I did it! Over the course of November I took a story idea I had around 12,000 words in draft and notes for and built it up to a full draft of around 65,000 words. Last year around this time I finished up the first draft of a visual novel script, and was talking about my intention to return to fiction writing after taking a break from academic work and job applications. Since then, I've finished some short narrative games and two short stories with a lot more in the pipe, and I did NaNo again for a traditional prose novel!

Raw Stats

Final word count: 64,881
Approx words per day: 2,162
Title: initially simply saved as "more bugs.doc," now, tentatively Involuntary Movements
Genre: Voice-y, dallying dark sf of the banal (think: Liquid Sky, Repo Man, Dark Star, but also Paradise Rot. Elif Batuman's The Idiot meets Gregg Araki's Nowhere, Aliens & Anorexia if the alienation was literal (not quite, but the pun (and the spirit) is right-on).)
Current structure: 12 chapters, prose
Working playlist?: fine, here

What do you mean by full draft?

I usually describe these as the "everything happens" drafts. The plot has been moved from point A to point B with all the things I think need to happen between the two occurring in some sense. Like anything done to a time limit, there's things I had to go over more quickly and in less detail than I wanted to, or realized would probably be expected by a reader. Taking a bit more time also means you can develop the existing themes and make them more coherent, and also make a note of the pacing and adjust when things happen and where a bit more hang time is needed, etc. That's the kind of work I expect to do before arriving at a "first draft I'd let other people see."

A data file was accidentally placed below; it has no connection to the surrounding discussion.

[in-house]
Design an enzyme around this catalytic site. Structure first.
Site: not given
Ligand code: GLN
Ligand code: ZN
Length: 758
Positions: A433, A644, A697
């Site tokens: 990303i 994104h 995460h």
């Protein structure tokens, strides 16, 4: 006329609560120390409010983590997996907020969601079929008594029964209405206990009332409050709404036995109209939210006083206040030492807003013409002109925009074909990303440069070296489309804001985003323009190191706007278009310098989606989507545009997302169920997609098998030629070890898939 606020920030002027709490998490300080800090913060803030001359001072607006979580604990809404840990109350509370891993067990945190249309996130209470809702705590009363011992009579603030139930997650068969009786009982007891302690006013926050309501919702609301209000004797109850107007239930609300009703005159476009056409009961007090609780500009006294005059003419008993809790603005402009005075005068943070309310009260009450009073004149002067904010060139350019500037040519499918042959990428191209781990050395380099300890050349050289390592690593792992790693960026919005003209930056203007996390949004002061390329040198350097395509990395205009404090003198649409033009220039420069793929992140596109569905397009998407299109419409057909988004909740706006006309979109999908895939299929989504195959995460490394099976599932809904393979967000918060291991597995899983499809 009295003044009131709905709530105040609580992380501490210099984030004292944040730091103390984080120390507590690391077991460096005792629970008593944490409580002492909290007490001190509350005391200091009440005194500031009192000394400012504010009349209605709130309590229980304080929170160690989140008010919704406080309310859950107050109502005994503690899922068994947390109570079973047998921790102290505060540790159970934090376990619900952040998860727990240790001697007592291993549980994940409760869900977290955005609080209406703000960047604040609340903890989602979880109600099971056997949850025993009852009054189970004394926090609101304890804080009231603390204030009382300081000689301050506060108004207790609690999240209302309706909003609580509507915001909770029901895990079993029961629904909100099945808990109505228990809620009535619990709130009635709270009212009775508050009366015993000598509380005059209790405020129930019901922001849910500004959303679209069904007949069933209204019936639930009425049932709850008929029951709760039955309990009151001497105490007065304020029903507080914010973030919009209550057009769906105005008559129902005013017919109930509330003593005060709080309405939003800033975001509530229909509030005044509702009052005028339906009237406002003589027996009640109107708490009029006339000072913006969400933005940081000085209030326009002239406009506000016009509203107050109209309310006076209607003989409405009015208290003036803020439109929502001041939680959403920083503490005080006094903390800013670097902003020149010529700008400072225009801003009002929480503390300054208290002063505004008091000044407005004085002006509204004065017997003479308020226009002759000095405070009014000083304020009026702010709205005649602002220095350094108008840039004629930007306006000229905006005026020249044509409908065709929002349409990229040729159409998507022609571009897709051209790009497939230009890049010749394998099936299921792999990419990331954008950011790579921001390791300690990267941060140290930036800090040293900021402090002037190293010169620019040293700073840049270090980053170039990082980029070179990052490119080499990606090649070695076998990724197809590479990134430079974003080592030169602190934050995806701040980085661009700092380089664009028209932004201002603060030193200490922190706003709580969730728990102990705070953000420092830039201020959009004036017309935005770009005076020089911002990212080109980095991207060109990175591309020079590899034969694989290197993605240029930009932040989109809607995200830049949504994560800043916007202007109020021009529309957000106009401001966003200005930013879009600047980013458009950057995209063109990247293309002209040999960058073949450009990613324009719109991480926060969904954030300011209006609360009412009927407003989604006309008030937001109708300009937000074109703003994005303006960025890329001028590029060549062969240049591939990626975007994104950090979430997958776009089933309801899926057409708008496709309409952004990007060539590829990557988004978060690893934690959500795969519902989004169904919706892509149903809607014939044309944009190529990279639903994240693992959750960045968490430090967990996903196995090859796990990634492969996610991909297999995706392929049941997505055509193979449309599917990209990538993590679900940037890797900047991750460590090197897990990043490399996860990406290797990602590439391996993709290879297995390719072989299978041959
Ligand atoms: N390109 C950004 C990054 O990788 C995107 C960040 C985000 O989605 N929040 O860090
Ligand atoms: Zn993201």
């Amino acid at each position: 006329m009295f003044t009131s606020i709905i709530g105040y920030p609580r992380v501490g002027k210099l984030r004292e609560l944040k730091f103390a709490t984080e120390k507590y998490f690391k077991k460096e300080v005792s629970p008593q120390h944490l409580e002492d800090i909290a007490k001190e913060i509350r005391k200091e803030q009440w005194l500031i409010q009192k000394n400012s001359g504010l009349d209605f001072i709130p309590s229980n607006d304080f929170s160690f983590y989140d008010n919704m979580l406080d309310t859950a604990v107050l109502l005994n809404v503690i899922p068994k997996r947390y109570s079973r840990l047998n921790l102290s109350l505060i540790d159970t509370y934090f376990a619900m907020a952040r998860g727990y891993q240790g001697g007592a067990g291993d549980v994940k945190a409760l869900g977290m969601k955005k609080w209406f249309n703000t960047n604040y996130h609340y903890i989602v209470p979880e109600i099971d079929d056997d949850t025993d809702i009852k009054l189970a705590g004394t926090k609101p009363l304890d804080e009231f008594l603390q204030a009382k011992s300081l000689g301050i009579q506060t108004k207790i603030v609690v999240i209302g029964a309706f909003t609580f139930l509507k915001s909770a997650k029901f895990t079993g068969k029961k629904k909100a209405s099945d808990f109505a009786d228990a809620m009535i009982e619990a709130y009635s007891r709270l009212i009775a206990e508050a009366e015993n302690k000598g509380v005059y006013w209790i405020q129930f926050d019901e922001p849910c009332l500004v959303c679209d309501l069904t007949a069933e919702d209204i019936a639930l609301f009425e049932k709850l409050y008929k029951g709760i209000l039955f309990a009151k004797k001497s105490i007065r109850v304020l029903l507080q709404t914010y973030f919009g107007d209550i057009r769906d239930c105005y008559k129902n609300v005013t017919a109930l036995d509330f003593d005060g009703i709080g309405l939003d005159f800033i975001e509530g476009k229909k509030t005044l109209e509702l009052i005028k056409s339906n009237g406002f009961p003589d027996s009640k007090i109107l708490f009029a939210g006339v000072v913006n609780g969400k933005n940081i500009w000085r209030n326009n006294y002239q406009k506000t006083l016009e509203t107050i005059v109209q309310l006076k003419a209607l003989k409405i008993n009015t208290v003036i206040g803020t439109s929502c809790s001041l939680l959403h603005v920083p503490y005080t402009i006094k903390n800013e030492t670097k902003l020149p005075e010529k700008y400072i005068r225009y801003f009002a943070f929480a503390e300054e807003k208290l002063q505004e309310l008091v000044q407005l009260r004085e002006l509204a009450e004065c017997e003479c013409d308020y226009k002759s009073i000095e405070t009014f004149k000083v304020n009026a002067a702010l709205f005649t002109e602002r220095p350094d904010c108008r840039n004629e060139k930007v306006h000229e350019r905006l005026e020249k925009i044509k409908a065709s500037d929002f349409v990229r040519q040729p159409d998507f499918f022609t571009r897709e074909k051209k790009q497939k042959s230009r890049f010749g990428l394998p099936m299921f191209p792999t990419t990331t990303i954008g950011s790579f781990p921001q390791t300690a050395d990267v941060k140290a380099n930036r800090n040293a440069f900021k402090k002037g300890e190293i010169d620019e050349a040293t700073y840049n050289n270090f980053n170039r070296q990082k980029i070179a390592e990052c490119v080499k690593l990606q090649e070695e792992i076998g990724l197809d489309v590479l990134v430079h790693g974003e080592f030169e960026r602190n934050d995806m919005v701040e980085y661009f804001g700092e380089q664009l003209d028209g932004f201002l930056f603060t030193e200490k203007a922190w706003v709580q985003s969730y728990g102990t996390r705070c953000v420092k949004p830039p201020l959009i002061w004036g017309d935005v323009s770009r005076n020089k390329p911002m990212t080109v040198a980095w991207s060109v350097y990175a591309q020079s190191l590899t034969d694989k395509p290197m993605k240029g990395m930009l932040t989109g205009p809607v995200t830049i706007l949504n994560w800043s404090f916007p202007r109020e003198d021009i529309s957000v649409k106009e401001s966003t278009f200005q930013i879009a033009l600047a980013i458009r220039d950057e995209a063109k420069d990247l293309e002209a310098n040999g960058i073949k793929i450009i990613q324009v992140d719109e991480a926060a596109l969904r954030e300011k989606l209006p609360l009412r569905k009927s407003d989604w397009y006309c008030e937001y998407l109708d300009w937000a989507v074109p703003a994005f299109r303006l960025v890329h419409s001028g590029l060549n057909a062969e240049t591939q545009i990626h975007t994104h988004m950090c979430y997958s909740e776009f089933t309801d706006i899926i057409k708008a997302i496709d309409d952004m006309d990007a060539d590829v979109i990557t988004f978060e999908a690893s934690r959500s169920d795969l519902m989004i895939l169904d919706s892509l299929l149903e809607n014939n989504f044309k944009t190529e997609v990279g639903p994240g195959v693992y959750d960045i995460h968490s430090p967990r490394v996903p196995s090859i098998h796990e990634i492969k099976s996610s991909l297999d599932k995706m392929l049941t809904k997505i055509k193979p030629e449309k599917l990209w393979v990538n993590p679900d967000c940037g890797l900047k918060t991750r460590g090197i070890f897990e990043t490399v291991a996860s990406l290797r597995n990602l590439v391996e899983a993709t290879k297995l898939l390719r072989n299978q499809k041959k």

So what happens?

The main plot of the novel follows the protagonist returning to her parents' house in her small, poorly-connected hometown after going to art school for college and failing to scrape by as an artist in the city for a few years, which reached a breaking point when her girlfriend who she split rent with dumped her. Trapped without a car in an endless housing development, her only options are babysitting for a widowed mother down the street, and nagging her ex from high school, who she unintentionally re-connects with, for rides to the nearby Target/strip mall.

She finds Jessica, the woman she's babysitting for, to be improbably kind and understanding to her, and her ex's new girlfriend, Mollie, to look improbably similar to her, but like, a normal straight girl version. Well, no point in holding off spoilers here, they're both insectoid aliens of a species who have lived alongside humans on earth as mimics for an undisclosed period of time and to an undisclosed extent. Their life cycle, and need to regularly shed and rebuild their skin in secret, usually benefits from a sympathetic human companion.